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9 hours ago, pantheory said:

 

The misguided and wrong theories in science as a result of Groupthink are totally unrelated to conspiracies IMO. Few scientists have ever considered the possibility that science has been perverted by Groupthink. Maybe even fewer have considered the damaging effects of Groupthink involving religion and other aspects of society.

 

I disagree almost entirely.

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On 11/3/2020 at 10:58 PM, Robert_Tulip said:

That science confronts a strong groupthink reaction from the climate action community, who support the false 'moral hazard' argument that geoengineering only encourages more emissions and so must be banned. The problem with that argument against geoengineering is that the climate action line has confused means and ends.  Their goal should be a stable climate, but they see the only path to this as shutting down the fossil fuel industry.  Then the groupthink comes into play, since shutting down emissions (the means to the end of a stable climate) requires a strongly socialist political strategy, constructing a partisan divide between good and evil to build a "united popular front of progressive forces".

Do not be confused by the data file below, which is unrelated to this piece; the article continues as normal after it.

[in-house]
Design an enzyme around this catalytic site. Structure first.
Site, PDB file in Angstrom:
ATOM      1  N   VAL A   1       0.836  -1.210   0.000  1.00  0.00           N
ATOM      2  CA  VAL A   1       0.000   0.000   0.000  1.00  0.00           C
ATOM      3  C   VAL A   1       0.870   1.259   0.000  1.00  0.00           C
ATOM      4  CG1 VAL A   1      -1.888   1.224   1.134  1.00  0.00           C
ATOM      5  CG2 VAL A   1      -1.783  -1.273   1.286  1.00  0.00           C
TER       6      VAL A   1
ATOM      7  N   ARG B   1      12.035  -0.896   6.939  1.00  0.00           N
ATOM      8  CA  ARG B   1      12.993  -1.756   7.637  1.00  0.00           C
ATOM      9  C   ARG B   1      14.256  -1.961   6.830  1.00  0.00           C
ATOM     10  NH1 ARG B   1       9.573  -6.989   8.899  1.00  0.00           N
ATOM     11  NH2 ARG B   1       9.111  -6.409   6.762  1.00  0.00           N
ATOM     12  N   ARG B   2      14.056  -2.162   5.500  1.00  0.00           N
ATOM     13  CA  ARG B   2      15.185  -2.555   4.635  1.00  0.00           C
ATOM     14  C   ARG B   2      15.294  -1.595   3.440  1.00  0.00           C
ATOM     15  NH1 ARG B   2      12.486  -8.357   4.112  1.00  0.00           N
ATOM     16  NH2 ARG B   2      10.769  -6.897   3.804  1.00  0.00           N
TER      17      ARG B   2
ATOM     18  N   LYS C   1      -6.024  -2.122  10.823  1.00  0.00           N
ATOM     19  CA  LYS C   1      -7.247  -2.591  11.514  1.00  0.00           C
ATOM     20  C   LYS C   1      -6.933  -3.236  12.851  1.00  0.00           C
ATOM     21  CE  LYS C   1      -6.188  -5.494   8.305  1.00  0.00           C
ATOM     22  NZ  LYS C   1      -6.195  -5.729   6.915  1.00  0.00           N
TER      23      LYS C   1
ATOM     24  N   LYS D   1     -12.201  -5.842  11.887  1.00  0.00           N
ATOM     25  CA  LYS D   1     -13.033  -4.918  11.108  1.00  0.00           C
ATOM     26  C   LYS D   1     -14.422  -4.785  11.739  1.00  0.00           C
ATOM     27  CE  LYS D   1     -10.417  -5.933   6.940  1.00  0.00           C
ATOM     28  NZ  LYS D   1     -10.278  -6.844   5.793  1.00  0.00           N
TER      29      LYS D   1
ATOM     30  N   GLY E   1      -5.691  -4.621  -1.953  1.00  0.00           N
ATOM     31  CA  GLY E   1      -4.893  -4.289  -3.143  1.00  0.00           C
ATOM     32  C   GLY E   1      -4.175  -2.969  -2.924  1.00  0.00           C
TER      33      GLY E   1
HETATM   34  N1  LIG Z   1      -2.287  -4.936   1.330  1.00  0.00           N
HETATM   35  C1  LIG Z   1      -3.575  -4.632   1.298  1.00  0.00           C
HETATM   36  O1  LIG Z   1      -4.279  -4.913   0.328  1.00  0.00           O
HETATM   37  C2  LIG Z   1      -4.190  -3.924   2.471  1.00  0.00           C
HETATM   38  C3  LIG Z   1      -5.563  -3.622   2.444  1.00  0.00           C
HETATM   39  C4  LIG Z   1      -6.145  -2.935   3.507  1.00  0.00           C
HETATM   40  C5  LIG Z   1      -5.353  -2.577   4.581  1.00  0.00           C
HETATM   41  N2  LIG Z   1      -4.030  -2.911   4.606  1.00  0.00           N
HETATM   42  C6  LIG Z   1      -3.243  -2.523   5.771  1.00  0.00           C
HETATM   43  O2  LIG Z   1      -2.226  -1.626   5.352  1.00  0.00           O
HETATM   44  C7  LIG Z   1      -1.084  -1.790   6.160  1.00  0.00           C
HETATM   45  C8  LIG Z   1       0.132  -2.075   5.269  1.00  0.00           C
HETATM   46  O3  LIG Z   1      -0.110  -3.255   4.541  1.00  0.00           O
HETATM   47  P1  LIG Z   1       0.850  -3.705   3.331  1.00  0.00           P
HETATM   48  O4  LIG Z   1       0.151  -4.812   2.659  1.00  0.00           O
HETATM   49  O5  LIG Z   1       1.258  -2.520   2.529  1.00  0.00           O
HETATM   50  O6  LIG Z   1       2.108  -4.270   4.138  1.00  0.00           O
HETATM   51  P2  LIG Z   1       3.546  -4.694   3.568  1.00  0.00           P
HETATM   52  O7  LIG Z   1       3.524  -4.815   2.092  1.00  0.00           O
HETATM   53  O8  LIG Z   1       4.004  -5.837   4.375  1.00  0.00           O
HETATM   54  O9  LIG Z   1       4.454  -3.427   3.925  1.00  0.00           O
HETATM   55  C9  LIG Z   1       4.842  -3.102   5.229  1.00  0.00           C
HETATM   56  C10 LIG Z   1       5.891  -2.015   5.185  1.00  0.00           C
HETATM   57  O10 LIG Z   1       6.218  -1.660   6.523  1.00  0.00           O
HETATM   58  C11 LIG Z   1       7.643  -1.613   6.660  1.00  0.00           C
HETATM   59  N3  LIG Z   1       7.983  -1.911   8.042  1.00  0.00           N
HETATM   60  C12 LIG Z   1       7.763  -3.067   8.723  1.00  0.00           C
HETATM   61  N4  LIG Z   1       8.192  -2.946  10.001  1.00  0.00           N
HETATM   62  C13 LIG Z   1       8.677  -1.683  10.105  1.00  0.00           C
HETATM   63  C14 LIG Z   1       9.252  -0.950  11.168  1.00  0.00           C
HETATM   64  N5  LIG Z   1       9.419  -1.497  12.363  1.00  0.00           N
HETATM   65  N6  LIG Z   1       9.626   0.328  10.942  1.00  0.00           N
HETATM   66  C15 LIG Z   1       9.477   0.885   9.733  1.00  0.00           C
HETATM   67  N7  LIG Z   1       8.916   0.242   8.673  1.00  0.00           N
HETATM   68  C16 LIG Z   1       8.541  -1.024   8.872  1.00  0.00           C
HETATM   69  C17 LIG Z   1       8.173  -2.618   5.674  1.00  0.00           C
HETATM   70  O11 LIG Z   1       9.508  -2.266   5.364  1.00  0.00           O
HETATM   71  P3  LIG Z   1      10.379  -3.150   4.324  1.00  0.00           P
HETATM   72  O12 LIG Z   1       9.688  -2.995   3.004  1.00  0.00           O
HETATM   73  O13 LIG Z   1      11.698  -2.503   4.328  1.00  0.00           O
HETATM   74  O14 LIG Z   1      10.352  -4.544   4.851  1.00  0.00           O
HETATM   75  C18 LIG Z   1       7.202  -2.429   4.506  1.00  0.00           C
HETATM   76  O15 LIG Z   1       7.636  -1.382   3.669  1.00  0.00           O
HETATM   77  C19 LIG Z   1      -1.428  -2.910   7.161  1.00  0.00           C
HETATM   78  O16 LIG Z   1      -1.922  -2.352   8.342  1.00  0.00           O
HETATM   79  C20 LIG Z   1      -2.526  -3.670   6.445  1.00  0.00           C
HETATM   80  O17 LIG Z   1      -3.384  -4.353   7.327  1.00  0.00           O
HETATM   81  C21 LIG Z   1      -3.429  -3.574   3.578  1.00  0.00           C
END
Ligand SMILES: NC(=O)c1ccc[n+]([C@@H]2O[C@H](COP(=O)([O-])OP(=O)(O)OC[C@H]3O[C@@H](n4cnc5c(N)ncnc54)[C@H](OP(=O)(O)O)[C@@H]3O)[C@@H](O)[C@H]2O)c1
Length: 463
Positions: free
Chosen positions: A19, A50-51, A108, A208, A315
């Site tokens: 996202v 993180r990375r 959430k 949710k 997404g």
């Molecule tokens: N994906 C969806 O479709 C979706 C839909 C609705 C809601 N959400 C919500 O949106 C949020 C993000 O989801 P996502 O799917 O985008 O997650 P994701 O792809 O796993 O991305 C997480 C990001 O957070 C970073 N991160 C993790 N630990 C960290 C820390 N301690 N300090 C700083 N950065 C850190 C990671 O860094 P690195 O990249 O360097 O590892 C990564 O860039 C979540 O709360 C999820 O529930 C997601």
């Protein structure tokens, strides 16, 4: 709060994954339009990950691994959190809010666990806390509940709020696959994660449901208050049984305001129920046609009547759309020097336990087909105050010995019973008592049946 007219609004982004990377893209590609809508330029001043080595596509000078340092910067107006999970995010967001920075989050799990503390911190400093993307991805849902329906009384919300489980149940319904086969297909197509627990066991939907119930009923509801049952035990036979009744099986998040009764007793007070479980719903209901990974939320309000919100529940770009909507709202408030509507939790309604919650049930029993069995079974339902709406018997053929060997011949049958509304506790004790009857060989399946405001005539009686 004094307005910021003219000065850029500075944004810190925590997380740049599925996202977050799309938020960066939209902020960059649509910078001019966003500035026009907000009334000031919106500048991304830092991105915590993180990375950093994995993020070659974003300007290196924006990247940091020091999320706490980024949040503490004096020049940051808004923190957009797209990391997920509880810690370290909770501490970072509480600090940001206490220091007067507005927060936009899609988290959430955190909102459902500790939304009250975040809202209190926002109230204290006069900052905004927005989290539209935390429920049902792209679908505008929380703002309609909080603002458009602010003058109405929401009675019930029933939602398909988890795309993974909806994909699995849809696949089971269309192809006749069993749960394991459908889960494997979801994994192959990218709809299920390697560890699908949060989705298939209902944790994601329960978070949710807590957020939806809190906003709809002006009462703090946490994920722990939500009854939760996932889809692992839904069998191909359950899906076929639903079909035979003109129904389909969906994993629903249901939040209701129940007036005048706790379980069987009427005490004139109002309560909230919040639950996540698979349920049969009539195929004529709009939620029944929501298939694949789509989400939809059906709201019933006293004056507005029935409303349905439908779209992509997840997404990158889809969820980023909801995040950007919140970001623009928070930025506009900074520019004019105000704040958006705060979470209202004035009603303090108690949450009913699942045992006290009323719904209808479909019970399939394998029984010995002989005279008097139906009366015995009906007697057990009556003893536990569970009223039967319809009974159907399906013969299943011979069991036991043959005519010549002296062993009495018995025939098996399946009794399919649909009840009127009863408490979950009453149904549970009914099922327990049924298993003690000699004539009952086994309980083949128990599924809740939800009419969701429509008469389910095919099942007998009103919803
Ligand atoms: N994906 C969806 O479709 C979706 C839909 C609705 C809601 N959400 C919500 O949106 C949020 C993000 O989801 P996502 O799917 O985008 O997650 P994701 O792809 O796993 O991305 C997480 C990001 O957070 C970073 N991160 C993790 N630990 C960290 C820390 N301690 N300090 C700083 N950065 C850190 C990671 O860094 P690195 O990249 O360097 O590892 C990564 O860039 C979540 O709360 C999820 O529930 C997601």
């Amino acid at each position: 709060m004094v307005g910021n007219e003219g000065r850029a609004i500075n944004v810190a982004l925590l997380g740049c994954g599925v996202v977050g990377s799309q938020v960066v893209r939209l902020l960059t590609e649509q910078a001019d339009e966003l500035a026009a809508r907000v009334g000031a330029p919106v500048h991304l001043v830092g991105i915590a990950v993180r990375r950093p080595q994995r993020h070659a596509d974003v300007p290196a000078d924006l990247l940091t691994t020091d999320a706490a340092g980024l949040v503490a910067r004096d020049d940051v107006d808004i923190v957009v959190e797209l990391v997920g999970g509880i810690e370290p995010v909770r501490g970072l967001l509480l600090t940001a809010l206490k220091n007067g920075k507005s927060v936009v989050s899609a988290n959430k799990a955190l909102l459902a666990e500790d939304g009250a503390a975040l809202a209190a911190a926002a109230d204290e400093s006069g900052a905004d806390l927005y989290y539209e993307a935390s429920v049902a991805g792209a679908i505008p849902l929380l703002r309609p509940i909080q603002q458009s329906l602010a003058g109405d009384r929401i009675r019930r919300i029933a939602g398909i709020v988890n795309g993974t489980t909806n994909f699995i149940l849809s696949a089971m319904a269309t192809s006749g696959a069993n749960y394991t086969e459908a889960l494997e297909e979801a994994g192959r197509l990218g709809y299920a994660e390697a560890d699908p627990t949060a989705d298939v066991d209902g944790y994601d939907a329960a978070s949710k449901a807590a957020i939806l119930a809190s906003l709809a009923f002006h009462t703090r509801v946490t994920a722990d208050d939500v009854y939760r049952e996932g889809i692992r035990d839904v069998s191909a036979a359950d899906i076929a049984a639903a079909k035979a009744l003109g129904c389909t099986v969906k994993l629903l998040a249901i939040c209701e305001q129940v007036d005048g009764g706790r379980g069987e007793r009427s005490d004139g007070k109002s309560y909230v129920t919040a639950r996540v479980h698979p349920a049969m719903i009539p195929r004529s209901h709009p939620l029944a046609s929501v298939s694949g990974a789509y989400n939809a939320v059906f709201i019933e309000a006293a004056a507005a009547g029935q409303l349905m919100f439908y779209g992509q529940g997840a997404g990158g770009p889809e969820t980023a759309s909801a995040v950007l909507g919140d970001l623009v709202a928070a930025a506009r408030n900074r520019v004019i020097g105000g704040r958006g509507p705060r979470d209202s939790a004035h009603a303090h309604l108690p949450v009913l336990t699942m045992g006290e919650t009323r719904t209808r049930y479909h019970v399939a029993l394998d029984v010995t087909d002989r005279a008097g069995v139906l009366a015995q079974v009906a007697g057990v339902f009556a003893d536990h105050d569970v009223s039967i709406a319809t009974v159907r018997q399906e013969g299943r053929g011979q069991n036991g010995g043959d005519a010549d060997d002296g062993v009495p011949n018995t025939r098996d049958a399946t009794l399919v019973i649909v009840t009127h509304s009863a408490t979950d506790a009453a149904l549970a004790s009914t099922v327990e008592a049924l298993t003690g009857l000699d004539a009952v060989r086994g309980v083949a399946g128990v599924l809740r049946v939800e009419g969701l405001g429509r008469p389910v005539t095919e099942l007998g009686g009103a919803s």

Any merely scientific information cannot easily penetrate such a strong groupthink carapace.

 

That's a good example of groupthink.

 

When you take good intentions and then try and politicize them, it often turns out nasty. Jordan Peterson pointed out that maternal instinct psychology plays a big role in how these types of groupthink tend to play out. It's similar to a mother bear or any animal trying to protect it's offspring. The 'protecting dynamic' can become violent and deadly in some cases. The end (violence and / or verbal polemic) justifies the means of trying to protect people. This goes for riots or even just the general negative talking points towards people viewed as contrary to the party line way of thinking.